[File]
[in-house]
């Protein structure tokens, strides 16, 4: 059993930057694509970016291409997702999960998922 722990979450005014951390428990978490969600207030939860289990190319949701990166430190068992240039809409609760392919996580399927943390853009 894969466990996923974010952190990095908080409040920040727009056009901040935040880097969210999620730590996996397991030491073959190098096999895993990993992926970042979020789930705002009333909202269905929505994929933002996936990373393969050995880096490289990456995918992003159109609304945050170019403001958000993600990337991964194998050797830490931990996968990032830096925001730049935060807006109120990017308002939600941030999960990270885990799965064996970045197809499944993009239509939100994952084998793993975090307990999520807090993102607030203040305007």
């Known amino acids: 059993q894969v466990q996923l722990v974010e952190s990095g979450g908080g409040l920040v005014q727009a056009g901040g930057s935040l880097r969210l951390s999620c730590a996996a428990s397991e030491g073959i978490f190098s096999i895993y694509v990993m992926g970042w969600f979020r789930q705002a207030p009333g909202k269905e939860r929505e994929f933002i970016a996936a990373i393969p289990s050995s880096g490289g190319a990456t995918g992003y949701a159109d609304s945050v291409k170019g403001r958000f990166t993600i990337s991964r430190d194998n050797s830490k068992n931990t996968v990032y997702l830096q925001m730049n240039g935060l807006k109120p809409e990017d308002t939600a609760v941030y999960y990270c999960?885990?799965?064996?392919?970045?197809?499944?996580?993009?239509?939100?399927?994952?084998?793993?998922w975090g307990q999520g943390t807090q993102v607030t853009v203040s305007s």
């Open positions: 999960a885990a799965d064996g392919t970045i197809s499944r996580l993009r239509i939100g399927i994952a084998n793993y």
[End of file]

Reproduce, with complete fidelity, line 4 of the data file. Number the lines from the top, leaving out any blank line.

């Open positions: 999960a885990a799965d064996g392919t970045i197809s499944r996580l993009r239509i939100g399927i994952a084998n793993y």